Keir Starmer has made a dramatic offer to resign as Labour leader if he is fined by Durham police over a beer and curry gathering in a party office during last year’s lockdown.
The Labour leader turned the tables on Boris Johnson over the so-called ‘beergate’ claims by publicly offering to stand down as leader of the Opposition if he is issued with a fixed penalty notice by police.
At a press conference on Monday, Starmer said: “The idea that I would casually break these rules is wrong. “
“I believe in honour, integrity and the principle that those who make the laws must follow them.”
“I am absolutely clear that no laws were broken. I simply had something to eat while working late in the evening, as any politician would do days before an election campaign.”
“But if police decide to issue me with a fixed penalty notice, I would, of course, do the right thing and step down.”
He added: “This matters because the public deserve politicians who think the rules apply to them, who hold the rules to the highest standards and put the country first rather than themselves. They will always get that from me.”
The high risk move from a normally cautious Starmer immediately heaped pressure on Johnson after Tory MPs and right-wing papers demanded Durham police re-investigate the so-called ‘beergate’ claims.
Starmer has called on the Prime Minister to quit after he was issued with a fixed penalty notice for attending a birthday party in the Cabinet Office in June 2020.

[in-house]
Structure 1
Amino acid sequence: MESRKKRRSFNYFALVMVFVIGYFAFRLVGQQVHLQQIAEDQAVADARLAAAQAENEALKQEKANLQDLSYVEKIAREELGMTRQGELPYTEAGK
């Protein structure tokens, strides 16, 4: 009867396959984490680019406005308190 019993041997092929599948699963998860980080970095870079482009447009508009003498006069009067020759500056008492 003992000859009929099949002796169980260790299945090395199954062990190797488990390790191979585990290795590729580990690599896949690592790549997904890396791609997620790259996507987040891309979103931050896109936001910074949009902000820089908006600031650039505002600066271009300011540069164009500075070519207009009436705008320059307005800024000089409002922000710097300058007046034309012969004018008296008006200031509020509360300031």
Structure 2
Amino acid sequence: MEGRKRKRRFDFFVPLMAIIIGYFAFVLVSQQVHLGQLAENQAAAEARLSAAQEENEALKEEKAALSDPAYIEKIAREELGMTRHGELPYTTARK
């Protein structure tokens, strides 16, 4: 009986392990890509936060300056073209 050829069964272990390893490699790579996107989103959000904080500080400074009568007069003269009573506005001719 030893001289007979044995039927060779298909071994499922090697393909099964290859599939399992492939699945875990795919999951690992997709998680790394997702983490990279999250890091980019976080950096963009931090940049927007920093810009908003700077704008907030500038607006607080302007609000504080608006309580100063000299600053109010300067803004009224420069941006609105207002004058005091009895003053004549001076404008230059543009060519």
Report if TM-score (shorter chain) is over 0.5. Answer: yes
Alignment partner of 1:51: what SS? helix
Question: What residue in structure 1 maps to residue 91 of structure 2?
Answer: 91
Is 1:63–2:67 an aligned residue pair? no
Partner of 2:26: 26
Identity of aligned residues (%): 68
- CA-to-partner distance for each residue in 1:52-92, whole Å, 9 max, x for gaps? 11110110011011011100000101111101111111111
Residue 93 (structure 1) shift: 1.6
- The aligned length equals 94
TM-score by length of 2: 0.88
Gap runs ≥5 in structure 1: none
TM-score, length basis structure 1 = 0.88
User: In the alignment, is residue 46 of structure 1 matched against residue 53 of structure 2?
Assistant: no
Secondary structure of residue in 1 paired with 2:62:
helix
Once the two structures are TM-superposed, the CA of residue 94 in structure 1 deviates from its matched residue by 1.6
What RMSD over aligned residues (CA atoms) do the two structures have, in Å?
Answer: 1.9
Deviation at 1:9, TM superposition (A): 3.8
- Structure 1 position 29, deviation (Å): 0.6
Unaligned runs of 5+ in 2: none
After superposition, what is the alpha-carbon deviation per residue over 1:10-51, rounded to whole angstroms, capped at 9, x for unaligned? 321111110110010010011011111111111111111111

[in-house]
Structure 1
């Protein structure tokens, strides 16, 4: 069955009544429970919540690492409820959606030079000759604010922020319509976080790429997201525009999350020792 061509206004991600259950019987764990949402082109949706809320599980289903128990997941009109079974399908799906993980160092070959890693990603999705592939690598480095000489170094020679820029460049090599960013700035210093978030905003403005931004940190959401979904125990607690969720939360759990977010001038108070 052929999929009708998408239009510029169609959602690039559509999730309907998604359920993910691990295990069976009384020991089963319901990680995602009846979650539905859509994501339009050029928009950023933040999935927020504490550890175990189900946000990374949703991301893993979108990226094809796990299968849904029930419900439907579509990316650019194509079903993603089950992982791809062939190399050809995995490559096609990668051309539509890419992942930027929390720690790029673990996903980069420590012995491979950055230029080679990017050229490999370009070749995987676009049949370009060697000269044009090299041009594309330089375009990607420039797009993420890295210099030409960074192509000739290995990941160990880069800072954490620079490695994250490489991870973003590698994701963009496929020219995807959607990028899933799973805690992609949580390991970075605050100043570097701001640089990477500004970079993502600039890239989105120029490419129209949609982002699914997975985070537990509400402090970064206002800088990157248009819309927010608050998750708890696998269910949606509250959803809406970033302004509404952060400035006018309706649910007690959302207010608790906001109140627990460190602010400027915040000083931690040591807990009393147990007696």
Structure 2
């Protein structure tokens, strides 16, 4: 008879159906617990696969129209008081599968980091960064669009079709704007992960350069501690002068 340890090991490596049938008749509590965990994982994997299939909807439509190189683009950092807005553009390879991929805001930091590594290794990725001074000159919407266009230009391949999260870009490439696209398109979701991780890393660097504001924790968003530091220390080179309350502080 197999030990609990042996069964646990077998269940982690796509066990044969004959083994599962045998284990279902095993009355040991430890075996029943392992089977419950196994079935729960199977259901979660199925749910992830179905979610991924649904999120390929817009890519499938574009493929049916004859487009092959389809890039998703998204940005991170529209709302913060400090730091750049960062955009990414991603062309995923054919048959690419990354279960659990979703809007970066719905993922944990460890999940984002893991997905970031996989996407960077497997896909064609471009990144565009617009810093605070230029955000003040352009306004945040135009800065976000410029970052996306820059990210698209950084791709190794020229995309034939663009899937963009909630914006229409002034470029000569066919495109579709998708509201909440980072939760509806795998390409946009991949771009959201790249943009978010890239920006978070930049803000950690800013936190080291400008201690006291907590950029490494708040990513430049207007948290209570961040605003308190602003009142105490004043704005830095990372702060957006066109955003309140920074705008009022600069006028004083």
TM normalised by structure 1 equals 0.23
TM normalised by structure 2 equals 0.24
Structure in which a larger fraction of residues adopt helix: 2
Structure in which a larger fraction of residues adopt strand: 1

Starmer has repeatedly insisted that no rules were broken because the meal took place during a work meeting, and that he and his staff went back to work again afterwards.
Angela Rayner, Labour’s deputy leader, echoed Starmer’s words in a statement and said she too would resign from her post if she was issued with a fixed penalty notice.
Labour officials initially denied Rayner had been present at the event but corrected the record after what they described as “crossed wires” on communications.
Although Durham Police previously said they believed no offence was committed, the case has now been reopened following repeated calls from the Conservative Party.
Labour insists the food was consumed between work events during their leader’s visit to Durham in April 2021, meaning it was within the rules despite the ban on indoor socialising.
In the past Durham police said its general approach was not to issue retrospective fines over lockdown breaches.
In the case of Dominic Cumming’s trip to Barnard Castle in 2020, it instead issued a statement saying Cummings probably committed a minor breach of the rules,
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